Becoming an Endocrinology Nurse Practitioner
Since the introduction and continued implementation of the Affordable Care Act, millions of individuals now have access to health care who did not before. With this influx of patients in the health care system, there has been an increased demand for primary care providers in a health care environment already dealing with shortage, (Buppert, 2015)A large amount of this population includes patients battling diabetes and hypertension. These patients would benefit from a nurse practitioner specializing in these diseases such as an family nurse practitioner (FNP) with a subspecialty in endocrinology.
Rationale for Role
According to (data usa), in our community of Corpus Christi, there is a population of 361,350 with 76 primary care physicians for every 100,000 people. This is much lower than the 150 primary care physician to 100,000 ratio that is the average for the United States, (America’s Health Rankings). FNPs are needed to help lessen this shortage of primary care providers. NPs are choosing primary care more than physicians and physician assistants. In 2017, more than 87% of NPs were prepared in primary care programs, while only 14.5% of physicians entered a primary care residency, (storage?). Currently 60.6% of nurse practitioners are FNPs with 46.2% working in the primary care setting. 84.9% of NPs are accepting Medicare patients and 82.9% are accepting Medicaid patients, (storage aanp). Due to the increased patient demands and shortage of physicians, the amount of active NPs in both primary care and specialty settings is expected to increase 141% by 2025, (https://doi.org/10.3928/01484834-20180720-11).
There is a need for FNPs in the primary care setting specializing in endocrinology due to the combination of increases in patients who are insured and patients with diabetes, prediabetes, and comorbidities such as hypertension. There are more than 100 million U.S. adults who are currently living with diabetes or prediabetes in the United States according to the Center for Disease Control (CDC). 30.3 million of these adults, or 0.4% of the US population has diabetes and 84.1 million adults have prediabetes, (CDC). In Texas, 11.4% of the population has diabetes which is higher in comparison to the 9.4% who have diabetes in the United States, (dshs pdf). The combination of the lower primary care physician to patient ratio and higher patient population with diabetes in Corpus Christi shows the need for FNPs specialized for this population.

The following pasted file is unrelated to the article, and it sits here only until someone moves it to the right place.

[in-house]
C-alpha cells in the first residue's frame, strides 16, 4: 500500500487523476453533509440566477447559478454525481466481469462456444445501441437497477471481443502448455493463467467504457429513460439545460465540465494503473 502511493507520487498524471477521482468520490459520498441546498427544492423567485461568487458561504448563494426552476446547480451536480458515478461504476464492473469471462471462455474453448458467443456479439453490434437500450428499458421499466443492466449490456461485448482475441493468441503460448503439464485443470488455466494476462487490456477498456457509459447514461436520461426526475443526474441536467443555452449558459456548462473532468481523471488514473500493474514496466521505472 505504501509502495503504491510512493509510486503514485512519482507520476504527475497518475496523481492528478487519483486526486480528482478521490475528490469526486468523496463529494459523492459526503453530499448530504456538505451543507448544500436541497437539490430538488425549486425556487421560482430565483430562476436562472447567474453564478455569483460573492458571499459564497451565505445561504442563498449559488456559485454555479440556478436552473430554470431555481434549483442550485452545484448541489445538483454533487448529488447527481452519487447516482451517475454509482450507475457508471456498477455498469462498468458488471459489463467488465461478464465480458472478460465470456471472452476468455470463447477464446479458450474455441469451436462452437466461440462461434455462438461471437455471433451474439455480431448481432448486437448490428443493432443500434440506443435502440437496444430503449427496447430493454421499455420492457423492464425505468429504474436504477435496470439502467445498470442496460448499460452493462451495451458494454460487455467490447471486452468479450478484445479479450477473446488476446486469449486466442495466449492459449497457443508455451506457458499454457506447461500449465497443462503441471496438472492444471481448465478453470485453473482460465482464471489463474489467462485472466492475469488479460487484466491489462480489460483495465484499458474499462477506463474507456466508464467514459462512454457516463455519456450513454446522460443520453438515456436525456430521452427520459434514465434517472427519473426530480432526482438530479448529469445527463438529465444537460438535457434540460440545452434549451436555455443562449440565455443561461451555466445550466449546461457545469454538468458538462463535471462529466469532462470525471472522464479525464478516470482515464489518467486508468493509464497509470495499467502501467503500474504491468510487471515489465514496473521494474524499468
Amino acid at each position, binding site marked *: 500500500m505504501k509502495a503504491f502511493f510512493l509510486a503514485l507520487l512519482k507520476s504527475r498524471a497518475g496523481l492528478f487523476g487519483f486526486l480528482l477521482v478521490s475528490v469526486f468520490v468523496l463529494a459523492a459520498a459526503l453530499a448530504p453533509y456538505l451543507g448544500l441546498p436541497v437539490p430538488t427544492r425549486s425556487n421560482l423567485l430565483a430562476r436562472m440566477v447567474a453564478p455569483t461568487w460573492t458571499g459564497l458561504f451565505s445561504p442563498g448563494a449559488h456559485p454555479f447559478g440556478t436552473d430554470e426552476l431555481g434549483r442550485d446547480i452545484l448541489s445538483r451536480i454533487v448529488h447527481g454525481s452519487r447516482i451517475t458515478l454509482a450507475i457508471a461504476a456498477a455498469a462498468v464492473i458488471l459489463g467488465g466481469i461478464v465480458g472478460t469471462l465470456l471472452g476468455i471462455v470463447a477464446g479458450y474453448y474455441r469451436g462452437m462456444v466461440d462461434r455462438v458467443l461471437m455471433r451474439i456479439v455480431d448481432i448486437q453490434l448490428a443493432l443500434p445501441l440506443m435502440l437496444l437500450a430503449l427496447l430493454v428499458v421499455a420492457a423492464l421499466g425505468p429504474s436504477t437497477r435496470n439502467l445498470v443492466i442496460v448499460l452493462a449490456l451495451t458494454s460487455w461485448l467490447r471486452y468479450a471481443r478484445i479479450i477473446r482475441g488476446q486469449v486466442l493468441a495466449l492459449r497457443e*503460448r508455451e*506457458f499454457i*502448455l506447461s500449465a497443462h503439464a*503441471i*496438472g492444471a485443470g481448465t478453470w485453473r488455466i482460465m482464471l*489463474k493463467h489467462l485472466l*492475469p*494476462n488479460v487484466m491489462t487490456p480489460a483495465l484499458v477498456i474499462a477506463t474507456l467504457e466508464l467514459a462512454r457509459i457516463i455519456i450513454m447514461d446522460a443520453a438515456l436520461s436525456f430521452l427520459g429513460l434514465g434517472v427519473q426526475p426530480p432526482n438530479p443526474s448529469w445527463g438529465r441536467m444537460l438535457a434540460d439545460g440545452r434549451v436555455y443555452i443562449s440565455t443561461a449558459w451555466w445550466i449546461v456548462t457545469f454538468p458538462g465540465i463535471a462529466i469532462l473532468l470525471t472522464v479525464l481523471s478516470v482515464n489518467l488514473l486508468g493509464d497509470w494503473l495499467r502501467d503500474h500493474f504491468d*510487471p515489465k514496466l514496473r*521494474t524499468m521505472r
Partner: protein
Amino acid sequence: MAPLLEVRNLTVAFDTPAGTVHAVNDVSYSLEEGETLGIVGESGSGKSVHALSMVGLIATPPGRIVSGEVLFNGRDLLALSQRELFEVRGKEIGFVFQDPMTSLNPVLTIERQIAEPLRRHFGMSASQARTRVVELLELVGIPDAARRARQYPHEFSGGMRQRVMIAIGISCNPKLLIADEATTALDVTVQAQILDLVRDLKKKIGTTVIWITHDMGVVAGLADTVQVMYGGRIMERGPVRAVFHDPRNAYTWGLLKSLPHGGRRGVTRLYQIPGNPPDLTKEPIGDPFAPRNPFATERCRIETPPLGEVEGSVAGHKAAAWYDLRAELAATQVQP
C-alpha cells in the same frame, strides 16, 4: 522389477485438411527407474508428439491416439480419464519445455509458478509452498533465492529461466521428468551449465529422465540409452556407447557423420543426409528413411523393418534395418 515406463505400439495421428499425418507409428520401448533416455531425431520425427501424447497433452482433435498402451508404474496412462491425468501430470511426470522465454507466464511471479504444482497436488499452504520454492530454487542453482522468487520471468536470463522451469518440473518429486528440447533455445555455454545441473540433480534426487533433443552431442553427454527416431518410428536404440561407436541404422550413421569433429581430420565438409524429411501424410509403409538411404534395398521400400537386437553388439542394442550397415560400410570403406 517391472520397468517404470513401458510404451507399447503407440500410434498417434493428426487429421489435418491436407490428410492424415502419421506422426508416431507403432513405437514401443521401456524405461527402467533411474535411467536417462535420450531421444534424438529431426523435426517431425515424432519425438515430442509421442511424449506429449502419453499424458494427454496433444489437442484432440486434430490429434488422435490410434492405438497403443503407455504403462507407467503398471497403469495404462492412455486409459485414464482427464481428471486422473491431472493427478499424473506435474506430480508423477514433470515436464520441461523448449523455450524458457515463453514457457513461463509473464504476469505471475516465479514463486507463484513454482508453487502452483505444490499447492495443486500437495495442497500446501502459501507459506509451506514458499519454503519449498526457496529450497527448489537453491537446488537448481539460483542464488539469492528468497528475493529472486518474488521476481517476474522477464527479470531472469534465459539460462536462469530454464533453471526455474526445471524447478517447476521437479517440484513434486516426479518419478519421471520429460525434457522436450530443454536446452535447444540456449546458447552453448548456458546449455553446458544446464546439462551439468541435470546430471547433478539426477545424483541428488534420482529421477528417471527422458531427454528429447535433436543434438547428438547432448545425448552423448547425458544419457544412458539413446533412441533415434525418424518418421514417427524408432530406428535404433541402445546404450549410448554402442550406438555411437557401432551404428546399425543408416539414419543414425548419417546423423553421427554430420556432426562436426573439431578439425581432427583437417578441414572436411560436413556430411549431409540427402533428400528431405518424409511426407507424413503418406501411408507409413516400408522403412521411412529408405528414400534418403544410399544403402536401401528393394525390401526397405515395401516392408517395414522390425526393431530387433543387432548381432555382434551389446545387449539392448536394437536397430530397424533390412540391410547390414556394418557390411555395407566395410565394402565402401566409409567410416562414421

The Health Resource Services Administration has recognized the need for an increased amount of FNPs with an endocrinology subspecialty and has given funding for the first endocrinology specialty training program for primary care nurse practitioner students at the Duke University School of Nursing. This program prepares primary care nurse practitioner students to manage complex diabetes mellitus, general endocrine conditions, and comorbidities. It also sets a model for graduate nursing schools to add more primary care subspecialty curriculum for future students, (https://doi.org/10.3928/01484834-20180720-11)